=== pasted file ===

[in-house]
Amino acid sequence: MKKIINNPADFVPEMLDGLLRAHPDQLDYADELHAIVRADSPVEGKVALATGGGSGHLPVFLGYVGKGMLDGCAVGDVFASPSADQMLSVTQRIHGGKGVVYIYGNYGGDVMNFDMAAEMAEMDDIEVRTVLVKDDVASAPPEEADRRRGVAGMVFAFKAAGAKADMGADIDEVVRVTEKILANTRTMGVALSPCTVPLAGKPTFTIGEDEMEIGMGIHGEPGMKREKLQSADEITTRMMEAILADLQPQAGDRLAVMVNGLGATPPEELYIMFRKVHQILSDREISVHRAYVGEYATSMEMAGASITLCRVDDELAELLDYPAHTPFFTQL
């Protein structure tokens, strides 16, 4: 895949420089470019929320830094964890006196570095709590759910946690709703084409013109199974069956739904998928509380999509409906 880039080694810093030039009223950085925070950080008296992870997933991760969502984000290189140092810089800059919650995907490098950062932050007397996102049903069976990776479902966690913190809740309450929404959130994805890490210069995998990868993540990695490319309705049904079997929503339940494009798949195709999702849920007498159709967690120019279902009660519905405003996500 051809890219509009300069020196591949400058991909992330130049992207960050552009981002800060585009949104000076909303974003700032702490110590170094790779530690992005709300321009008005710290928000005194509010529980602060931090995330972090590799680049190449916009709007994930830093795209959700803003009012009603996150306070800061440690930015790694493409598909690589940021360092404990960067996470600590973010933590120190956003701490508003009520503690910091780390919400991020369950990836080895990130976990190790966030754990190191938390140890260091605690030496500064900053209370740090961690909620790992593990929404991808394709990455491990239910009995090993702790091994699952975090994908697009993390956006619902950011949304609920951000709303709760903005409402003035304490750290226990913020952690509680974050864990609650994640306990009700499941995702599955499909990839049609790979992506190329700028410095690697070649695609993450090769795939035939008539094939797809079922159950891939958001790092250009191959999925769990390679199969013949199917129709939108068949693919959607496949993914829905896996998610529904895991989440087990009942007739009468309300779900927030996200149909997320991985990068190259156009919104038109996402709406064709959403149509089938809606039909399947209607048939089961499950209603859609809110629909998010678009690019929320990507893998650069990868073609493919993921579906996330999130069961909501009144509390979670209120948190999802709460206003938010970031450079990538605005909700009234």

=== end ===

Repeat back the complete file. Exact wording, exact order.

[in-house]
Amino acid sequence: MKKIINNPADFVPEMLDGLLRAHPDQLDYADELHAIVRADSPVEGKVALATGGGSGHLPVFLGYVGKGMLDGCAVGDVFASPSADQMLSVTQRIHGGKGVVYIYGNYGGDVMNFDMAAEMAEMDDIEVRTVLVKDDVASAPPEEADRRRGVAGMVFAFKAAGAKADMGADIDEVVRVTEKILANTRTMGVALSPCTVPLAGKPTFTIGEDEMEIGMGIHGEPGMKREKLQSADEITTRMMEAILADLQPQAGDRLAVMVNGLGATPPEELYIMFRKVHQILSDREISVHRAYVGEYATSMEMAGASITLCRVDDELAELLDYPAHTPFFTQL
């Protein structure tokens, strides 16, 4: 895949420089470019929320830094964890006196570095709590759910946690709703084409013109199974069956739904998928509380999509409906 880039080694810093030039009223950085925070950080008296992870997933991760969502984000290189140092810089800059919650995907490098950062932050007397996102049903069976990776479902966690913190809740309450929404959130994805890490210069995998990868993540990695490319309705049904079997929503339940494009798949195709999702849920007498159709967690120019279902009660519905405003996500 051809890219509009300069020196591949400058991909992330130049992207960050552009981002800060585009949104000076909303974003700032702490110590170094790779530690992005709300321009008005710290928000005194509010529980602060931090995330972090590799680049190449916009709007994930830093795209959700803003009012009603996150306070800061440690930015790694493409598909690589940021360092404990960067996470600590973010933590120190956003701490508003009520503690910091780390919400991020369950990836080895990130976990190790966030754990190191938390140890260091605690030496500064900053209370740090961690909620790992593990929404991808394709990455491990239910009995090993702790091994699952975090994908697009993390956006619902950011949304609920951000709303709760903005409402003035304490750290226990913020952690509680974050864990609650994640306990009700499941995702599955499909990839049609790979992506190329700028410095690697070649695609993450090769795939035939008539094939797809079922159950891939958001790092250009191959999925769990390679199969013949199917129709939108068949693919959607496949993914829905896996998610529904895991989440087990009942007739009468309300779900927030996200149909997320991985990068190259156009919104038109996402709406064709959403149509089938809606039909399947209607048939089961499950209603859609809110629909998010678009690019929320990507893998650069990868073609493919993921579906996330999130069961909501009144509390979670209120948190999802709460206003938010970031450079990538605005909700009234």